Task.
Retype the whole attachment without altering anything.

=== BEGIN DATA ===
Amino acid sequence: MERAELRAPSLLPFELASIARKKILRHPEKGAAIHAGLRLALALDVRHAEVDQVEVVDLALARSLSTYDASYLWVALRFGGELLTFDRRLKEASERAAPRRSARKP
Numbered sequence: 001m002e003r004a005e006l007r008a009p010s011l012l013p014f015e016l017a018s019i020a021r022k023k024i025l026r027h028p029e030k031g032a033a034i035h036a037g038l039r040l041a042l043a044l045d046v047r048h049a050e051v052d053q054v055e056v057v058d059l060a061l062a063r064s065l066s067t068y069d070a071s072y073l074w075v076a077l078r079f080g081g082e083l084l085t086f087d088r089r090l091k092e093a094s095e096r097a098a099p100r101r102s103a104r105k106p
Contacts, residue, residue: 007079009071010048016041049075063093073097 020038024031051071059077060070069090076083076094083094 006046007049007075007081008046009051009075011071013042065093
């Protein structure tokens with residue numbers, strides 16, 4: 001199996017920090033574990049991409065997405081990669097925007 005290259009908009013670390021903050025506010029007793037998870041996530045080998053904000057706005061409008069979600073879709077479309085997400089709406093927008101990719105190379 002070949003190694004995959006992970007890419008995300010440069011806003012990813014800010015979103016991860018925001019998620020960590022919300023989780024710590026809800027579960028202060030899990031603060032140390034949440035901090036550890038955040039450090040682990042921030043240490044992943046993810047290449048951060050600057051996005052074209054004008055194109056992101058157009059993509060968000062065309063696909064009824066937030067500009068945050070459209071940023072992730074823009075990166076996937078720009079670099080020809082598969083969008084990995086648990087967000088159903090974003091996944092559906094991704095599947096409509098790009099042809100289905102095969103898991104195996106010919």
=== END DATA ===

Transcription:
Amino acid sequence: MERAELRAPSLLPFELASIARKKILRHPEKGAAIHAGLRLALALDVRHAEVDQVEVVDLALARSLSTYDASYLWVALRFGGELLTFDRRLKEASERAAPRRSARKP
Numbered sequence: 001m002e003r004a005e006l007r008a009p010s011l012l013p014f015e016l017a018s019i020a021r022k023k024i025l026r027h028p029e030k031g032a033a034i035h036a037g038l039r040l041a042l043a044l045d046v047r048h049a050e051v052d053q054v055e056v057v058d059l060a061l062a063r064s065l066s067t068y069d070a071s072y073l074w075v076a077l078r079f080g081g082e083l084l085t086f087d088r089r090l091k092e093a094s095e096r097a098a099p100r101r102s103a104r105k106p
Contacts, residue, residue: 007079009071010048016041049075063093073097 020038024031051071059077060070069090076083076094083094 006046007049007075007081008046009051009075011071013042065093
């Protein structure tokens with residue numbers, strides 16, 4: 001199996017920090033574990049991409065997405081990669097925007 005290259009908009013670390021903050025506010029007793037998870041996530045080998053904000057706005061409008069979600073879709077479309085997400089709406093927008101990719105190379 002070949003190694004995959006992970007890419008995300010440069011806003012990813014800010015979103016991860018925001019998620020960590022919300023989780024710590026809800027579960028202060030899990031603060032140390034949440035901090036550890038955040039450090040682990042921030043240490044992943046993810047290449048951060050600057051996005052074209054004008055194109056992101058157009059993509060968000062065309063696909064009824066937030067500009068945050070459209071940023072992730074823009075990166076996937078720009079670099080020809082598969083969008084990995086648990087967000088159903090974003091996944092559906094991704095599947096409509098790009099042809100289905102095969103898991104195996106010919």